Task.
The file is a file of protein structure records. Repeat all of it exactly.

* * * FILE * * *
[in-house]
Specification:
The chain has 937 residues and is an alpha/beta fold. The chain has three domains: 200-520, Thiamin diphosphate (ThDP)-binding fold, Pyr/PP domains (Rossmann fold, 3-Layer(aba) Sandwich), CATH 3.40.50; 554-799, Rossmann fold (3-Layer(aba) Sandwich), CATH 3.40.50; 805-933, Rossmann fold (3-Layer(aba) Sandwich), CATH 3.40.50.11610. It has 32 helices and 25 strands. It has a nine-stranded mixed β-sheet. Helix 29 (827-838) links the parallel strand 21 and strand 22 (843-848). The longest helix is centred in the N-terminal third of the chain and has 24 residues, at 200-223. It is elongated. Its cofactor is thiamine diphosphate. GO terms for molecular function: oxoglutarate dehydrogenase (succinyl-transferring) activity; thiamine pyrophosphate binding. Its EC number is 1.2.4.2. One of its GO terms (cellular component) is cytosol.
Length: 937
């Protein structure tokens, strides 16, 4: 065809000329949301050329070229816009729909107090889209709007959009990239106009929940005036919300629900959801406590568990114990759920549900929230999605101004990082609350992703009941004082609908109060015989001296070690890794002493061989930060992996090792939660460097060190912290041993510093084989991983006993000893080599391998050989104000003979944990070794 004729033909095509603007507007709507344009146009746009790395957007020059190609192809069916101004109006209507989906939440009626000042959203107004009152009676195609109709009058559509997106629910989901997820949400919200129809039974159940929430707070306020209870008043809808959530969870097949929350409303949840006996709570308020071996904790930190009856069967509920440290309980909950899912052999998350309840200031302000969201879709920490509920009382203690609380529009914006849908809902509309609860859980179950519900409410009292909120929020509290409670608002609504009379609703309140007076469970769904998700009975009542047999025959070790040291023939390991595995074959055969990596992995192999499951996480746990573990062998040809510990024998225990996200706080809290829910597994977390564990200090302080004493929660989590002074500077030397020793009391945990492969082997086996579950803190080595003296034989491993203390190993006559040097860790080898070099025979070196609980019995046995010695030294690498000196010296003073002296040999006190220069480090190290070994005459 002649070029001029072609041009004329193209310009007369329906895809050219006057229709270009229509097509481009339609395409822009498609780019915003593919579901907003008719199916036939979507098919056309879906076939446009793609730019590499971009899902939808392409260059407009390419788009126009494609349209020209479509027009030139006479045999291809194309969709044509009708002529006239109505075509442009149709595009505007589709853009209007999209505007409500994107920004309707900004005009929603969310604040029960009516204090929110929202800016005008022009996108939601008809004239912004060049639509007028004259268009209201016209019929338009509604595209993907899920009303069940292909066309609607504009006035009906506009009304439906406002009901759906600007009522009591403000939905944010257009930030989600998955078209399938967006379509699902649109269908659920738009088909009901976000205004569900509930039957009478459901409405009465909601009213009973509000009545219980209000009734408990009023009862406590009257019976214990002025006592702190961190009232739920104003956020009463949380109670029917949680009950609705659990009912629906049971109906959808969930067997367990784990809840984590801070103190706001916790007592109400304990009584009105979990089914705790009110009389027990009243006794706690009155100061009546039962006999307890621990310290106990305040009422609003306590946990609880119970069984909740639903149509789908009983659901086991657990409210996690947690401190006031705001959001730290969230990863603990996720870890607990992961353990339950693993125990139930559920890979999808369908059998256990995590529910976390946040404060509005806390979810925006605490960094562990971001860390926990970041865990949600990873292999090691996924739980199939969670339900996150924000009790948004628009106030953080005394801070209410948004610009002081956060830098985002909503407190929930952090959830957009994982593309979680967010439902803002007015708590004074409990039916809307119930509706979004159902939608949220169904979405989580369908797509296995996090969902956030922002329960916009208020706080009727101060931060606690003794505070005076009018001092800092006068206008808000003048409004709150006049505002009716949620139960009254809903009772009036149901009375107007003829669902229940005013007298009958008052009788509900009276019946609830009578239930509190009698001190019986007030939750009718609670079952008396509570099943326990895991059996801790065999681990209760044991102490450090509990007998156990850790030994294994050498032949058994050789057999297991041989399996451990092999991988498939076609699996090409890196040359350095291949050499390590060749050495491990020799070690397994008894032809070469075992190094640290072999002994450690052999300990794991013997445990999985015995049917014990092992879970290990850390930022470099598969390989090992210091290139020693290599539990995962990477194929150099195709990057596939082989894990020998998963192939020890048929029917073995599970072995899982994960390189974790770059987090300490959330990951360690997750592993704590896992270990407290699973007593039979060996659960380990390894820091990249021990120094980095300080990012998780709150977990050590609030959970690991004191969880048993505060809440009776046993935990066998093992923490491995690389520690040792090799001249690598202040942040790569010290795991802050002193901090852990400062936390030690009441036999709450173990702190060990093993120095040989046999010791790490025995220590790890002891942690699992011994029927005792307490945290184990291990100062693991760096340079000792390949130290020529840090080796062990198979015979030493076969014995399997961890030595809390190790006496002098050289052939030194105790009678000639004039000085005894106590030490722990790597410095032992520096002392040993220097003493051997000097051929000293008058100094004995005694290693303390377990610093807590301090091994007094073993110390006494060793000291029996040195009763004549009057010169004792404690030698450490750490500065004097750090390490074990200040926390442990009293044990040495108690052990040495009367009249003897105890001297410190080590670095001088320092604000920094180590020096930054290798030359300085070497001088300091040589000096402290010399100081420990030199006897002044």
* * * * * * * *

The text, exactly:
[in-house]
Specification:
The chain has 937 residues and is an alpha/beta fold. The chain has three domains: 200-520, Thiamin diphosphate (ThDP)-binding fold, Pyr/PP domains (Rossmann fold, 3-Layer(aba) Sandwich), CATH 3.40.50; 554-799, Rossmann fold (3-Layer(aba) Sandwich), CATH 3.40.50; 805-933, Rossmann fold (3-Layer(aba) Sandwich), CATH 3.40.50.11610. It has 32 helices and 25 strands. It has a nine-stranded mixed β-sheet. Helix 29 (827-838) links the parallel strand 21 and strand 22 (843-848). The longest helix is centred in the N-terminal third of the chain and has 24 residues, at 200-223. It is elongated. Its cofactor is thiamine diphosphate. GO terms for molecular function: oxoglutarate dehydrogenase (succinyl-transferring) activity; thiamine pyrophosphate binding. Its EC number is 1.2.4.2. One of its GO terms (cellular component) is cytosol.
Length: 937
């Protein structure tokens, strides 16, 4: 065809000329949301050329070229816009729909107090889209709007959009990239106009929940005036919300629900959801406590568990114990759920549900929230999605101004990082609350992703009941004082609908109060015989001296070690890794002493061989930060992996090792939660460097060190912290041993510093084989991983006993000893080599391998050989104000003979944990070794 004729033909095509603007507007709507344009146009746009790395957007020059190609192809069916101004109006209507989906939440009626000042959203107004009152009676195609109709009058559509997106629910989901997820949400919200129809039974159940929430707070306020209870008043809808959530969870097949929350409303949840006996709570308020071996904790930190009856069967509920440290309980909950899912052999998350309840200031302000969201879709920490509920009382203690609380529009914006849908809902509309609860859980179950519900409410009292909120929020509290409670608002609504009379609703309140007076469970769904998700009975009542047999025959070790040291023939390991595995074959055969990596992995192999499951996480746990573990062998040809510990024998225990996200706080809290829910597994977390564990200090302080004493929660989590002074500077030397020793009391945990492969082997086996579950803190080595003296034989491993203390190993006559040097860790080898070099025979070196609980019995046995010695030294690498000196010296003073002296040999006190220069480090190290070994005459 002649070029001029072609041009004329193209310009007369329906895809050219006057229709270009229509097509481009339609395409822009498609780019915003593919579901907003008719199916036939979507098919056309879906076939446009793609730019590499971009899902939808392409260059407009390419788009126009494609349209020209479509027009030139006479045999291809194309969709044509009708002529006239109505075509442009149709595009505007589709853009209007999209505007409500994107920004309707900004005009929603969310604040029960009516204090929110929202800016005008022009996108939601008809004239912004060049639509007028004259268009209201016209019929338009509604595209993907899920009303069940292909066309609607504009006035009906506009009304439906406002009901759906600007009522009591403000939905944010257009930030989600998955078209399938967006379509699902649109269908659920738009088909009901976000205004569900509930039957009478459901409405009465909601009213009973509000009545219980209000009734408990009023009862406590009257019976214990002025006592702190961190009232739920104003956020009463949380109670029917949680009950609705659990009912629906049971109906959808969930067997367990784990809840984590801070103190706001916790007592109400304990009584009105979990089914705790009110009389027990009243006794706690009155100061009546039962006999307890621990310290106990305040009422609003306590946990609880119970069984909740639903149509789908009983659901086991657990409210996690947690401190006031705001959001730290969230990863603990996720870890607990992961353990339950693993125990139930559920890979999808369908059998256990995590529910976390946040404060509005806390979810925006605490960094562990971001860390926990970041865990949600990873292999090691996924739980199939969670339900996150924000009790948004628009106030953080005394801070209410948004610009002081956060830098985002909503407190929930952090959830957009994982593309979680967010439902803002007015708590004074409990039916809307119930509706979004159902939608949220169904979405989580369908797509296995996090969902956030922002329960916009208020706080009727101060931060606690003794505070005076009018001092800092006068206008808000003048409004709150006049505002009716949620139960009254809903009772009036149901009375107007003829669902229940005013007298009958008052009788509900009276019946609830009578239930509190009698001190019986007030939750009718609670079952008396509570099943326990895991059996801790065999681990209760044991102490450090509990007998156990850790030994294994050498032949058994050789057999297991041989399996451990092999991988498939076609699996090409890196040359350095291949050499390590060749050495491990020799070690397994008894032809070469075992190094640290072999002994450690052999300990794991013997445990999985015995049917014990092992879970290990850390930022470099598969390989090992210091290139020693290599539990995962990477194929150099195709990057596939082989894990020998998963192939020890048929029917073995599970072995899982994960390189974790770059987090300490959330990951360690997750592993704590896992270990407290699973007593039979060996659960380990390894820091990249021990120094980095300080990012998780709150977990050590609030959970690991004191969880048993505060809440009776046993935990066998093992923490491995690389520690040792090799001249690598202040942040790569010290795991802050002193901090852990400062936390030690009441036999709450173990702190060990093993120095040989046999010791790490025995220590790890002891942690699992011994029927005792307490945290184990291990100062693991760096340079000792390949130290020529840090080796062990198979015979030493076969014995399997961890030595809390190790006496002098050289052939030194105790009678000639004039000085005894106590030490722990790597410095032992520096002392040993220097003493051997000097051929000293008058100094004995005694290693303390377990610093807590301090091994007094073993110390006494060793000291029996040195009763004549009057010169004792404690030698450490750490500065004097750090390490074990200040926390442990009293044990040495108690052990040495009367009249003897105890001297410190080590670095001088320092604000920094180590020096930054290798030359300085070497001088300091040589000096402290010399100081420990030199006897002044």